In April my cousin aka heart sister aka Fish in the Water came by to visit and meet Baby Pickles. While she was here she stayed in my Wagen aka Trash House aka my kitchen and workspace. Back home again, I asked her if she would write something about what it was like for her to stay in a Bauwagen for a week. Turned out she already had. So without further ado, her thoughts on Bauwagen life.
the real thing
There are some moments you are simply happy to be alive. I find these occur more frequently when you’re living your life outside. My sister lives in a wagenplatz. I won’t go into detail because she explains it herself here. But picture the Boxcar Children and you’re well on your way. When you’re living in a wagen the weather becomes of utmost importance. It was rather cold when I was there, and that mostly means heating with a wood stove. While I did finally learn the secret of lighting the woodstove (thank god for matches, because I’m horrible with lighters), you don’t always feel like lighting it, or you won’t be there for very long, and this leads to heating with candles. It had never really occurred to me that you could heat with candles, but duh, fire.
The first night the wood stove was lit, and I snuggled into bed with a comforter and read by candlelight. It’s actually about the same level of light as a bedside lamp, if you do it proper. And it feels infinitely more cozy. More real, somehow, more true. You have to watch that they don’t burn all the way down, and somehow, that increased level of attentiveness makes you feel all the more alive—that, and the occasional pops from the woodstove, and the rain beating against the roof.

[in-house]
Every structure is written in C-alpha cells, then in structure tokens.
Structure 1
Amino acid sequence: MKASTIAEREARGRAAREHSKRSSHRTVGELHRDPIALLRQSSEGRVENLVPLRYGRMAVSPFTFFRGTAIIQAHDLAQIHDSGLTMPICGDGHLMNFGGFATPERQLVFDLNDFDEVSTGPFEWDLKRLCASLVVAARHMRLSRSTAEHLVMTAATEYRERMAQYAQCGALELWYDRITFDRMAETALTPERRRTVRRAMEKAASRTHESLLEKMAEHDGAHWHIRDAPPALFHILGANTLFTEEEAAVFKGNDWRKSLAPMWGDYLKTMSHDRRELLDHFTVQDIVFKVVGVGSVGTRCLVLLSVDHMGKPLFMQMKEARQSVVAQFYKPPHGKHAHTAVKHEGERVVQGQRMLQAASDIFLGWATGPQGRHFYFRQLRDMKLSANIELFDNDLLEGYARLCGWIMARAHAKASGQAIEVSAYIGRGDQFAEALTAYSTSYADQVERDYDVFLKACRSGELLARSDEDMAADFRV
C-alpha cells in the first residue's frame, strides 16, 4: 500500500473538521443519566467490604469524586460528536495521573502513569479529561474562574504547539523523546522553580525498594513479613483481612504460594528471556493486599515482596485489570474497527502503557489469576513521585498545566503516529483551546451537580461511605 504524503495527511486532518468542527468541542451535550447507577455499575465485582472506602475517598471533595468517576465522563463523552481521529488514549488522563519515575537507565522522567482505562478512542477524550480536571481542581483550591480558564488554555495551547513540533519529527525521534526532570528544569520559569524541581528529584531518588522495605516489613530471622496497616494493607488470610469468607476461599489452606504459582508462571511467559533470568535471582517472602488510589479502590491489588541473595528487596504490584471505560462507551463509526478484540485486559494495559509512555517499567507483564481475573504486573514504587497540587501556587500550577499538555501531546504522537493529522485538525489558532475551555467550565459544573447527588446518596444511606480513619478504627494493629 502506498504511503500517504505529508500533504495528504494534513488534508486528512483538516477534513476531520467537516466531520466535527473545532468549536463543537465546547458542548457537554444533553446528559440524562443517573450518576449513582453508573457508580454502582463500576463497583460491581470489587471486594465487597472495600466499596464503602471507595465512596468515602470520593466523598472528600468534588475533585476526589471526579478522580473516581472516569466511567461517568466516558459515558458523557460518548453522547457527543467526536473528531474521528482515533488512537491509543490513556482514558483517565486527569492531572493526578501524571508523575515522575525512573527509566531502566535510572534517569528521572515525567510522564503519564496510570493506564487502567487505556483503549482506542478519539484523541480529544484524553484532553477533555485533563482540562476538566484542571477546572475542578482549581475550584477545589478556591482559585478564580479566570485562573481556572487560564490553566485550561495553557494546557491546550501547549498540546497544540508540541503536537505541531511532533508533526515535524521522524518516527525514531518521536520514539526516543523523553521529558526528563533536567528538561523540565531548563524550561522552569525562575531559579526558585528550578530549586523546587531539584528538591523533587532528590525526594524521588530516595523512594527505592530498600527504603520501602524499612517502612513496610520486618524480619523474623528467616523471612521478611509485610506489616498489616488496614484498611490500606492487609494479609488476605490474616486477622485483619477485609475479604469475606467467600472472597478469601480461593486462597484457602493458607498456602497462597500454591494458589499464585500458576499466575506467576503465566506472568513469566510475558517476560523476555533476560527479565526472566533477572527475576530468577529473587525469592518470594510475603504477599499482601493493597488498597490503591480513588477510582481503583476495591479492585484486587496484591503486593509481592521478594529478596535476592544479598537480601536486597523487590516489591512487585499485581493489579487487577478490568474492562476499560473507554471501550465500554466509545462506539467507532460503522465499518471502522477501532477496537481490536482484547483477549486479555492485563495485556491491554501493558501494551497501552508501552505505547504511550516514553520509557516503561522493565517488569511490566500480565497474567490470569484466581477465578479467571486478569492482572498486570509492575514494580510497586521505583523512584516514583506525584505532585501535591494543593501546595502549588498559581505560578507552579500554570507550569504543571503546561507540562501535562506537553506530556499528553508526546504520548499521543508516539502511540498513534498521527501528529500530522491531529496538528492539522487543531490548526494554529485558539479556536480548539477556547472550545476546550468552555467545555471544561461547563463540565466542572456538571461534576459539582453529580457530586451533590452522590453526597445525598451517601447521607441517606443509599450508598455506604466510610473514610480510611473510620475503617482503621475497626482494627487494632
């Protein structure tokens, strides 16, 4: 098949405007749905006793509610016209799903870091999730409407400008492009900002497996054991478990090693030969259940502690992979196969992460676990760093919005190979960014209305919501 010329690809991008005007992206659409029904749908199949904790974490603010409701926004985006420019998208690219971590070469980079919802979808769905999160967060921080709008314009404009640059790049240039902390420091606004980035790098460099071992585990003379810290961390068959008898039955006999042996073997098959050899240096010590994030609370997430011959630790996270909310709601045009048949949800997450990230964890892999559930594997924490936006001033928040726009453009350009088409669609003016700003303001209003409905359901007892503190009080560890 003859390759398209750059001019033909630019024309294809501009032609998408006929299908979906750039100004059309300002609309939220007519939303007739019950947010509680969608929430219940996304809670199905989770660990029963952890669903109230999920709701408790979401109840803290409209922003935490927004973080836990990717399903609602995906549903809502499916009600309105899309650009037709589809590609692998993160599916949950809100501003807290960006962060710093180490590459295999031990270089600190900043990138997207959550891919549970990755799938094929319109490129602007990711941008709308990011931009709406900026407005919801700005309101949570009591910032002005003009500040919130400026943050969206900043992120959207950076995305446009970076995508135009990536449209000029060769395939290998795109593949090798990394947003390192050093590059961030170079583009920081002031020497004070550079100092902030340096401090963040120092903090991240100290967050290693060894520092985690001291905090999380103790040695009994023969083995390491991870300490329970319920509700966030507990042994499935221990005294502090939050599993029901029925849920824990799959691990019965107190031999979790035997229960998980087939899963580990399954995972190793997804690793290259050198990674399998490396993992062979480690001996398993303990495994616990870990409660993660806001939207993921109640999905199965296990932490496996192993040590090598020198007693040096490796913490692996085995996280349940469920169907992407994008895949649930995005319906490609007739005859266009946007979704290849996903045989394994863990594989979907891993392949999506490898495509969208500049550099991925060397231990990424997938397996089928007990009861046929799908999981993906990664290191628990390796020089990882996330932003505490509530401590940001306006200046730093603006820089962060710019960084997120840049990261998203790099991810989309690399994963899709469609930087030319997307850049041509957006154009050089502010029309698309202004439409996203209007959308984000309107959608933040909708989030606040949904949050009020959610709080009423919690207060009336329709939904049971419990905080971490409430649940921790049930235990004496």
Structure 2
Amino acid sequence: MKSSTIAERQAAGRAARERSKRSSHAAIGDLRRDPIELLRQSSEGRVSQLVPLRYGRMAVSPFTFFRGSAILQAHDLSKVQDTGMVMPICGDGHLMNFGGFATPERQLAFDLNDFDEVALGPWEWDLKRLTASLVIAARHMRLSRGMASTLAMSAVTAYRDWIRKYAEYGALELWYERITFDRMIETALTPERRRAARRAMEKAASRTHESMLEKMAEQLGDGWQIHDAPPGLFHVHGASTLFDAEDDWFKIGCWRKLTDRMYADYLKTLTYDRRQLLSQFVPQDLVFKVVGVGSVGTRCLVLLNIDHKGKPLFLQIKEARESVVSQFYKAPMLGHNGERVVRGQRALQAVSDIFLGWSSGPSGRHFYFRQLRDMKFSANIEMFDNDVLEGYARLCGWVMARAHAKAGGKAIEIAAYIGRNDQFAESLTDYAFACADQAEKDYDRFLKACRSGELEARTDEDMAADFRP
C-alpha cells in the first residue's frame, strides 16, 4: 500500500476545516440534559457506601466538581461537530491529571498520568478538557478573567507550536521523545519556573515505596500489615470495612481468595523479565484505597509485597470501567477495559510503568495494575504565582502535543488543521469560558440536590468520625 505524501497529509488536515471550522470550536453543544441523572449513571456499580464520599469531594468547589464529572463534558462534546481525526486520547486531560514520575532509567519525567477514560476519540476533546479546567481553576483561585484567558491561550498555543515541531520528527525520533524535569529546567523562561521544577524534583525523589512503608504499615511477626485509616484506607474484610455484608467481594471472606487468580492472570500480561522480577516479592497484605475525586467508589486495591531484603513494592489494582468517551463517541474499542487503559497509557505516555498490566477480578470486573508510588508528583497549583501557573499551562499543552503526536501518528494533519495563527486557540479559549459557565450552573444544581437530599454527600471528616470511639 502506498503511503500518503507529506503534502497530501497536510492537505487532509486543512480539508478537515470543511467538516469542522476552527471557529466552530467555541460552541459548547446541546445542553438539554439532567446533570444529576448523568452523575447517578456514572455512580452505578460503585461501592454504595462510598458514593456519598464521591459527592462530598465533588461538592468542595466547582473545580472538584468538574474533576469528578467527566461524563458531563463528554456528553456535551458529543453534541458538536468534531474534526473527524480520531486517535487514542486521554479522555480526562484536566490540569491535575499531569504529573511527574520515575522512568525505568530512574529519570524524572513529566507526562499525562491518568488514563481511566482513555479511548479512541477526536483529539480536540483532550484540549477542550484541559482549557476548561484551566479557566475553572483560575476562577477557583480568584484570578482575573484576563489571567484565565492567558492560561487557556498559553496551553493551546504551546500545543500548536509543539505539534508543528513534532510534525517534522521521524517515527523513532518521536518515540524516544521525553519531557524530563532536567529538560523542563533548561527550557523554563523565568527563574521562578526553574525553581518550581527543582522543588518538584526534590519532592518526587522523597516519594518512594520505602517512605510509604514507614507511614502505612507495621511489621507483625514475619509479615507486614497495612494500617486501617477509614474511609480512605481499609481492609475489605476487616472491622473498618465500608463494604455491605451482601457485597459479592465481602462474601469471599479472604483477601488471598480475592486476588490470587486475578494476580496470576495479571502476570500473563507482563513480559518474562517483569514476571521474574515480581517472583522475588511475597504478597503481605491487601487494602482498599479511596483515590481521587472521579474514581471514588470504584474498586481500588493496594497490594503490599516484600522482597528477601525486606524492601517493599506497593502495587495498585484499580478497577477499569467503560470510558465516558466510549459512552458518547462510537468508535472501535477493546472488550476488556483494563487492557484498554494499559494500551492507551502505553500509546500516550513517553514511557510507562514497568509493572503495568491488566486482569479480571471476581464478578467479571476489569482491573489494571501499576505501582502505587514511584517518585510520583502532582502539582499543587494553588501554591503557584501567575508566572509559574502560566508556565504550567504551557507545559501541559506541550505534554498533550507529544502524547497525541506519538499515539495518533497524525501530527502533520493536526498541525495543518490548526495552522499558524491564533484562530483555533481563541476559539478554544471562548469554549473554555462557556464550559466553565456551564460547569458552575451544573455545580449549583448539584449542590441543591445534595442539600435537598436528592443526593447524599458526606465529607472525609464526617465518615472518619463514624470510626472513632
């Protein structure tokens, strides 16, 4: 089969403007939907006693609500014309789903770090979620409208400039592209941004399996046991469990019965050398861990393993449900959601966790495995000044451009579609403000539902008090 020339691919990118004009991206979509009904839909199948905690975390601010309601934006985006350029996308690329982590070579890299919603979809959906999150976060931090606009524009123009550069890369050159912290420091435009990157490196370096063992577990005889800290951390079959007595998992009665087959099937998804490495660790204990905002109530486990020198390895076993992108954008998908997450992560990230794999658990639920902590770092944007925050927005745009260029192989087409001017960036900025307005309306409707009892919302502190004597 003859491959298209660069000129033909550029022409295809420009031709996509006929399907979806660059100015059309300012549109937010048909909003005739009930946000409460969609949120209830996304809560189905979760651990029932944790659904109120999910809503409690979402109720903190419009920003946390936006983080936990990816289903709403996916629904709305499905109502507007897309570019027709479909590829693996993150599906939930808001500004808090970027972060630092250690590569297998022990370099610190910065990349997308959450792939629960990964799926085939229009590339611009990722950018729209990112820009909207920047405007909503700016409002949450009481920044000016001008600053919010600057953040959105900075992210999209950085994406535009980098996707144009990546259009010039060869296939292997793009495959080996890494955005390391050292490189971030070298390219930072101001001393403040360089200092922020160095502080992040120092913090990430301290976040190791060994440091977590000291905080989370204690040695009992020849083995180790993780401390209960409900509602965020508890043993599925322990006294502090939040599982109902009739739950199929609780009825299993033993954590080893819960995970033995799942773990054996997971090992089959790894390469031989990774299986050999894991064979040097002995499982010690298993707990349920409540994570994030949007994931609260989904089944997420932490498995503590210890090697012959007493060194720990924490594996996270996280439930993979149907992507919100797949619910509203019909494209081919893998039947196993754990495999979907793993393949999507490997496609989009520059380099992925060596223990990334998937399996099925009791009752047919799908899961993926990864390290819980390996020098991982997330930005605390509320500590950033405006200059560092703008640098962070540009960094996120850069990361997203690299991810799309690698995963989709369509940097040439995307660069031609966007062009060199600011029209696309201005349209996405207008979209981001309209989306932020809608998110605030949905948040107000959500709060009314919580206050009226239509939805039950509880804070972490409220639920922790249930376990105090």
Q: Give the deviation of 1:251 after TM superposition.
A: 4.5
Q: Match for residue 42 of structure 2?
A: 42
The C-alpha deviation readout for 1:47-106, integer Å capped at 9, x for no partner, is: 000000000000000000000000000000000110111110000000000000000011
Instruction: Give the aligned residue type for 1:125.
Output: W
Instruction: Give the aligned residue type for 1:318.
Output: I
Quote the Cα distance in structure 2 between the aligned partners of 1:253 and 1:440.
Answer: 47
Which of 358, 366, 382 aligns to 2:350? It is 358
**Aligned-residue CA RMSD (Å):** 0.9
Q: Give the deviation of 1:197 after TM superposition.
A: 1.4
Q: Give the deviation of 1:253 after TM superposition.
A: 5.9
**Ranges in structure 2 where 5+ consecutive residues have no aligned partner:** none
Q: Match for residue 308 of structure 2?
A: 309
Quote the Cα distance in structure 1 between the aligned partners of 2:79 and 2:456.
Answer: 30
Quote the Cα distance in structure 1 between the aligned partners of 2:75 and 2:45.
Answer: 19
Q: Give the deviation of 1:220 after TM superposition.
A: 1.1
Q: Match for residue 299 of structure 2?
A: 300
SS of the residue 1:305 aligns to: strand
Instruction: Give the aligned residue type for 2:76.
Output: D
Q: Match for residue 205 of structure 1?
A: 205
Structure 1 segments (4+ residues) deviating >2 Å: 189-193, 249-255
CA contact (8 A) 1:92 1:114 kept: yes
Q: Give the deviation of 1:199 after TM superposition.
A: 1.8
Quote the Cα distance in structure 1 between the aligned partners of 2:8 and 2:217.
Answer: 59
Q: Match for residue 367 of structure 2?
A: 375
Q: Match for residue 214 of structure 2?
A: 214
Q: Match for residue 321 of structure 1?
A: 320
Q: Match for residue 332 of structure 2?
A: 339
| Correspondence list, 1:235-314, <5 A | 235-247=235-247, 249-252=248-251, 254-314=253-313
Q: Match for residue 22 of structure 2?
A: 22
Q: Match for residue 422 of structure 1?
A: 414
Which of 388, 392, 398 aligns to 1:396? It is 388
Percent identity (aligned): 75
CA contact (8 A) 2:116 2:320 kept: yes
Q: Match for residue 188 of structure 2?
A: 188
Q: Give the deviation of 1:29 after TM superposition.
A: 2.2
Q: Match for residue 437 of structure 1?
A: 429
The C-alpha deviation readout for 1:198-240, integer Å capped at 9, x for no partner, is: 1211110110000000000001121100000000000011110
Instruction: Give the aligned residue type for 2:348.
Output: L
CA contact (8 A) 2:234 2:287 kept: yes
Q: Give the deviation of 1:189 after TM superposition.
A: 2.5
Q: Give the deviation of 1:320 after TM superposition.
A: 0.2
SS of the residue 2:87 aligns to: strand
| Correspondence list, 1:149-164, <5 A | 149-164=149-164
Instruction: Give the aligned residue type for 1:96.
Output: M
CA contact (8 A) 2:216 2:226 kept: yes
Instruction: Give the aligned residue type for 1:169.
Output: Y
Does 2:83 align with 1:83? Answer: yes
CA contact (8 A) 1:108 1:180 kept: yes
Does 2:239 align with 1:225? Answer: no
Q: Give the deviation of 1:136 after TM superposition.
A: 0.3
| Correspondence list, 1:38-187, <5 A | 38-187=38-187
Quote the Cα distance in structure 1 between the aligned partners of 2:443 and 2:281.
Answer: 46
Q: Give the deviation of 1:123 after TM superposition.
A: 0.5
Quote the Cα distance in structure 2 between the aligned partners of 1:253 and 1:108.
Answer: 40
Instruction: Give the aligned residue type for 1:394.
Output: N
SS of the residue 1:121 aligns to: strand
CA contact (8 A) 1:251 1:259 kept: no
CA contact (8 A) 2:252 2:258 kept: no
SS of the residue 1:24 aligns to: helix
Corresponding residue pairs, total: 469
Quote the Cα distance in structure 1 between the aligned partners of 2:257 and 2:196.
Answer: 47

Because of the small space, many things are done outside, or at least in another wagen. It’s a walk to the bathroom, which is the only thing that can sometimes be a pain in the ass when it’s warm inside from the woodstove and you just don’t feel like putting clothes on…
Otherwise you just wait for the weather. For the sun to dry your clothes, a clear day for chopping wood, a warm one for washing dishes. I can’t use my phone here and there’s no clock so I never have any idea what time it is, which can be a blessing and a curse. When time is irrelevant, all you have to go by is the weather. And when it’s raining, you wake when the rain starts making enough noise, and schedule your day around when you can manage to get outside without getting wet.
To go about dishwashing, you start by hauling a tub full of water from the tap. If you’re me you attempt to do this all in one go and get fairly wet. You set the washtub on the porch or somewhere similarly elevated (because wagens have wheels, doors, and thus porches, are 2-3’ off the ground) And then you go about it all in the usual way—wash, rinse, set out to dry. We handwash all our dishes at home, so it’s not a big chore, but it’s different outside, wagen door open, Florence and the Machine blaring. You notice things. Birds watch you work, and there’s a snail in the ivy under the tree. A leaf falls in the washtub. Like reading by candlelight, it somehow feels right, and more real than being indoors with a faucet. You use biodegradable soap, and when you’re done you dump it in the weeds, which are actually nettles and henbit and ivy and other useful plants.
A perfect moment, an immense feeling of satisfaction, having done a job well while standing in the sun. More alive than I’ve felt in ages, I can finally hear my thoughts again, and they are full of quiet and the snail and the song of the kohlmeise who has been watching me all along.
There are going to be some changes when I get home.
This post was originally published here.
Filed under: conspiracies,daily life,tiny house livin',wagenplatz
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